It was because of this interest in the quality of the original data set that I picked up on the article Gibler co-authored for ISQ on problems with the militarised-interstate dataset (MID). His response to my use of this article illuminates what I think is a fundamental difference in approach. It starts with the word ‘reliability.’ He says a “measure is reliable when it produces similar results under consistent conditions.” Well that is one definition that might serve a scientific purpose, especially if you believe that in our field there can ever be consistent conditions, but I think I am entitled to use a more common definition. Here is the Oxford English Dictionary definition: “Consistently good in quality or performance; able to be trusted.”

When historians, not being scientists, come across a piece of research that for whatever reasons keeps on using dubious evidence we find it very difficult to trust the conclusions even if we might suspect that better evidence might support them. Gibler, however, finds it reassuring that even after finding so many mistakes the results from the improved MID come out largely the same. (‘Though over 70% of the cases had coding changes, the results analyzing previous models were mostly the same’). At any rate his research clearly improved this data base so hopefully it can now support more trustworthy research.  I note in the book that the number as well as the quality of the data bases has generally improved (although for those worried about consistency this produces a different sort of problem). But my main interest lay in the use being made of the research.

This is relevant to the discussion of the Democratic Peace. Gibler thinks I got this “horribly wrong.” I think he completely misses the point of my discussion. I was interested in the topic because it helped demonstrate how easy it was to complicate an apparently simple proposition, especially once researchers had to grapple with the conceptual issues raised by the meaning of democracy and its relation to liberalism (a staple for political theorists). I concluded that the theory was in effect generalising from Cold War Western Europe and North America, which was full of democracies at peace with each other. Giving the theory that context helped explain its power but also its limitation. For the purposes of my book what was important was how much the idea that democracies do not fight with each other had been picked up and cited regularly by political leaders. The Democratic Peace turned into a slogan, and war-torn societies were given democratic forms, without the benefit of the necessary social conditions and political institutions, with unfortunate consequences.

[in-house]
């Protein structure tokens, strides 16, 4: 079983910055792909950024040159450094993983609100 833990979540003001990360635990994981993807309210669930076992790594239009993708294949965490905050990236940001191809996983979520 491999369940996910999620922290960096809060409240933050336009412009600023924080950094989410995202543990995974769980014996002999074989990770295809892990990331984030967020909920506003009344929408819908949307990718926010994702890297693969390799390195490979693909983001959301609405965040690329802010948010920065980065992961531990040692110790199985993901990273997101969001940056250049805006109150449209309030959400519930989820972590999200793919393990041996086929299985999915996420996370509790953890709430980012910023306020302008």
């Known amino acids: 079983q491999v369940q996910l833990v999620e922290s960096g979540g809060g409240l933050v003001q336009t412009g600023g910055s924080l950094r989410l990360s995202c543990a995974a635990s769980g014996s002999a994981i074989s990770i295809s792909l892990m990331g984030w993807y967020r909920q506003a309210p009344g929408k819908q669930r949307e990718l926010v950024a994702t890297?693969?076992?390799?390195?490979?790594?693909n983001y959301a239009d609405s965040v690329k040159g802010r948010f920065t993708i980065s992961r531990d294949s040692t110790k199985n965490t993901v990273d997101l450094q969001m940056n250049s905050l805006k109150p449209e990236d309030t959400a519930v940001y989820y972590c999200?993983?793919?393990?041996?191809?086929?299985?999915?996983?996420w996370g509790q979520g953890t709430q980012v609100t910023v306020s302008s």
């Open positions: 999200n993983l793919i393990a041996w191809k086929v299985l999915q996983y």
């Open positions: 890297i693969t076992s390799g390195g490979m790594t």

Which brings us to another contentious word—‘context.’ First, we can agree that historians (and I should note I began life as political scientist and consider myself a bit of a hybrid) also theorise and also that we want to generalise. We all look for patterns and recurrent forms of causation. We resist getting stuck on individual episodes and we look for parallels and comparisons, and sometimes even counter-factuals. But this is a matter of degree. At one extreme there is an individual case, from which it is dangerous to generalise, and at another there is a collection of episodes from the last 200 years that have some similarities (sufficient at least for the purposes of coding) though they come from completely different parts of the world and moments in international history. That is, they have very different contexts. Somewhere between the two there are propositions based on instances which share contexts—for example they come from the same period and share many significant features.